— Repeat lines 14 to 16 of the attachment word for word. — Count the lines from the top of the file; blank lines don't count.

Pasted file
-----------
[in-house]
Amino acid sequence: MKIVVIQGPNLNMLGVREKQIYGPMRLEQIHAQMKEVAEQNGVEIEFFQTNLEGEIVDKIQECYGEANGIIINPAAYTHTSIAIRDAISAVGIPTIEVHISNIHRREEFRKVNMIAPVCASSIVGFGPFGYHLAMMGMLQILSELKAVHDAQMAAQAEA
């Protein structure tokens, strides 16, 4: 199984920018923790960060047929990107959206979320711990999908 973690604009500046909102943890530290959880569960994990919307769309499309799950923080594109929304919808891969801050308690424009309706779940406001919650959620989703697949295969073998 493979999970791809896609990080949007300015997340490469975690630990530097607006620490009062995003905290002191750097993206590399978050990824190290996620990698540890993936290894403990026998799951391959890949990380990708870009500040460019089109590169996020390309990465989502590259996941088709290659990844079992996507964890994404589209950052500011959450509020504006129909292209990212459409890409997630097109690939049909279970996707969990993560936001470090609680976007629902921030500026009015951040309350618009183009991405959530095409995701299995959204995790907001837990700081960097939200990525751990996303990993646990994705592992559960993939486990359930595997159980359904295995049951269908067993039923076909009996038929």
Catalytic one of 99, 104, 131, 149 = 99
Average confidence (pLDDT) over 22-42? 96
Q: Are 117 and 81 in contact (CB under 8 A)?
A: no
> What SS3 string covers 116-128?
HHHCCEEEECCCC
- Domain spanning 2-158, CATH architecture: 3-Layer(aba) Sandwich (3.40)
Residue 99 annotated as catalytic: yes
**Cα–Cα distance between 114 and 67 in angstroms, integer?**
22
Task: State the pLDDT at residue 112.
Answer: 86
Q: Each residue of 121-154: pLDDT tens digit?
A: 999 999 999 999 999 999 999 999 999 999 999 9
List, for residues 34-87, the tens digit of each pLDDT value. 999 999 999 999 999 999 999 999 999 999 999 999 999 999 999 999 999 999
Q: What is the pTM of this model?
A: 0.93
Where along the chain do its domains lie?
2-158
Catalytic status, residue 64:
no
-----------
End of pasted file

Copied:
Task: State the pLDDT at residue 112.
Answer: 86
Q: Each residue of 121-154: pLDDT tens digit?